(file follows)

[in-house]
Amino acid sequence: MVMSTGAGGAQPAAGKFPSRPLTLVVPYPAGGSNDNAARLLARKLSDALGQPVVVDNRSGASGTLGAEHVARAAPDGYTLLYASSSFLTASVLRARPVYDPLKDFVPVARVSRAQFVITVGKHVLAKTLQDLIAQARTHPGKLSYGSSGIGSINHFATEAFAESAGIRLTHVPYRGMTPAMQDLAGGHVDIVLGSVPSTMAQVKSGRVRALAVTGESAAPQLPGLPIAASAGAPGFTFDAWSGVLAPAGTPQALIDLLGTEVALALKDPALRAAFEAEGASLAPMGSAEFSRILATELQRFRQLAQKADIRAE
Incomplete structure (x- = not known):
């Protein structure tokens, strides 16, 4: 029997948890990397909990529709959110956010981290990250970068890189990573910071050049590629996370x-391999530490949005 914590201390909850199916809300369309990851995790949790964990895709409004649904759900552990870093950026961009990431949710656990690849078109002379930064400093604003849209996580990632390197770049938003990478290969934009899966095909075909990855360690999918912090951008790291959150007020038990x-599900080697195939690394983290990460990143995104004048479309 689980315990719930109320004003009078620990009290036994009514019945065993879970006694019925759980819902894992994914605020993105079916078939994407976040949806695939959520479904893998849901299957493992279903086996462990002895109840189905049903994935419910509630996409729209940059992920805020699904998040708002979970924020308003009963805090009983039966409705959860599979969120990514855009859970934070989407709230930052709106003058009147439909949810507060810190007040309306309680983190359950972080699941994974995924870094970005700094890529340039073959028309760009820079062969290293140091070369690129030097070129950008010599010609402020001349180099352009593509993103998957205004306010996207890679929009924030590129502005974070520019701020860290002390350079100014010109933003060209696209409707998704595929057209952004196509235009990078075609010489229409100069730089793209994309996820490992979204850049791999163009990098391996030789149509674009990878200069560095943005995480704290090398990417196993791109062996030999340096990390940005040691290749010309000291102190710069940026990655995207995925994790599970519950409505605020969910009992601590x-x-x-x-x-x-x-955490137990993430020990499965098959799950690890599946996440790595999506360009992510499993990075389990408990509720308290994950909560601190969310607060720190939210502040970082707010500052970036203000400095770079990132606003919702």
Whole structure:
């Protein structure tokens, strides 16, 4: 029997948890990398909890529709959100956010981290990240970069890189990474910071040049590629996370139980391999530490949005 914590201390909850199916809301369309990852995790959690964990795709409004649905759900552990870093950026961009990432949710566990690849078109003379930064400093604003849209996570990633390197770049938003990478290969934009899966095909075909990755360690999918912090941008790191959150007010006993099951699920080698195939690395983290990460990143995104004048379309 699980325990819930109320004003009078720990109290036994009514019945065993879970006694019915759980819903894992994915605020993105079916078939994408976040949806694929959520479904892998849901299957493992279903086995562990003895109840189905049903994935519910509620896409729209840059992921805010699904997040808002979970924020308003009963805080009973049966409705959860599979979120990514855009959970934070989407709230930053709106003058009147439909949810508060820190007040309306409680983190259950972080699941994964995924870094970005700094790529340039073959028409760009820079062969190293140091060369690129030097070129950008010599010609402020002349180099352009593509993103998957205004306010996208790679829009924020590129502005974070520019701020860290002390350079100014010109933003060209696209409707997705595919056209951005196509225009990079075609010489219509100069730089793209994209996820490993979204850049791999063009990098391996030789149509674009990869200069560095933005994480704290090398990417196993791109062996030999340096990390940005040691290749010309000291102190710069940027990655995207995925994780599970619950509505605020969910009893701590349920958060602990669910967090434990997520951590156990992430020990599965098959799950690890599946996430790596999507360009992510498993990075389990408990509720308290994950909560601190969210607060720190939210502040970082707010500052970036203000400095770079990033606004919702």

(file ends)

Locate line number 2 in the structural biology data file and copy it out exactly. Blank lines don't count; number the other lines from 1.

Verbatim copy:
Amino acid sequence: MVMSTGAGGAQPAAGKFPSRPLTLVVPYPAGGSNDNAARLLARKLSDALGQPVVVDNRSGASGTLGAEHVARAAPDGYTLLYASSSFLTASVLRARPVYDPLKDFVPVARVSRAQFVITVGKHVLAKTLQDLIAQARTHPGKLSYGSSGIGSINHFATEAFAESAGIRLTHVPYRGMTPAMQDLAGGHVDIVLGSVPSTMAQVKSGRVRALAVTGESAAPQLPGLPIAASAGAPGFTFDAWSGVLAPAGTPQALIDLLGTEVALALKDPALRAAFEAEGASLAPMGSAEFSRILATELQRFRQLAQKADIRAE